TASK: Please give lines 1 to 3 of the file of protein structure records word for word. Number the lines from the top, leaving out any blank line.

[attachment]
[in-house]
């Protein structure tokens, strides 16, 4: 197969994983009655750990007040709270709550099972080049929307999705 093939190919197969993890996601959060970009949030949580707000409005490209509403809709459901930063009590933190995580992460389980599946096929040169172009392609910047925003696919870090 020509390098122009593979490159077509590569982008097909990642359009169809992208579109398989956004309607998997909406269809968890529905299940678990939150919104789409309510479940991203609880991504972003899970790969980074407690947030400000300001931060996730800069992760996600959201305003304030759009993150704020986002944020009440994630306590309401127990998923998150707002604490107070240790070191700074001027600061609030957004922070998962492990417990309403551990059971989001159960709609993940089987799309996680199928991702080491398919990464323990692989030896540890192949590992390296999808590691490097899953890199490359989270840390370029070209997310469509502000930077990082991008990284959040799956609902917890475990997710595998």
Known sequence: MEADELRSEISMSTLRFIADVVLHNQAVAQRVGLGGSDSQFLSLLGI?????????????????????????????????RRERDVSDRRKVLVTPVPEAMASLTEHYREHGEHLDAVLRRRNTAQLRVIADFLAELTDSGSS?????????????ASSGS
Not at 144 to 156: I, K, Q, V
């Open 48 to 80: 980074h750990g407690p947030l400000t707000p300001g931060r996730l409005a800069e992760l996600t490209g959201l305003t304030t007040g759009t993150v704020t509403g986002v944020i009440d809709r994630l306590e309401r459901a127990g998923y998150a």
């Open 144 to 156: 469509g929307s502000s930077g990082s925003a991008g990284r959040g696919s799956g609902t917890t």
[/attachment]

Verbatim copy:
[in-house]
């Protein structure tokens, strides 16, 4: 197969994983009655750990007040709270709550099972080049929307999705 093939190919197969993890996601959060970009949030949580707000409005490209509403809709459901930063009590933190995580992460389980599946096929040169172009392609910047925003696919870090 020509390098122009593979490159077509590569982008097909990642359009169809992208579109398989956004309607998997909406269809968890529905299940678990939150919104789409309510479940991203609880991504972003899970790969980074407690947030400000300001931060996730800069992760996600959201305003304030759009993150704020986002944020009440994630306590309401127990998923998150707002604490107070240790070191700074001027600061609030957004922070998962492990417990309403551990059971989001159960709609993940089987799309996680199928991702080491398919990464323990692989030896540890192949590992390296999808590691490097899953890199490359989270840390370029070209997310469509502000930077990082991008990284959040799956609902917890475990997710595998």
Known sequence: MEADELRSEISMSTLRFIADVVLHNQAVAQRVGLGGSDSQFLSLLGI?????????????????????????????????RRERDVSDRRKVLVTPVPEAMASLTEHYREHGEHLDAVLRRRNTAQLRVIADFLAELTDSGSS?????????????ASSGS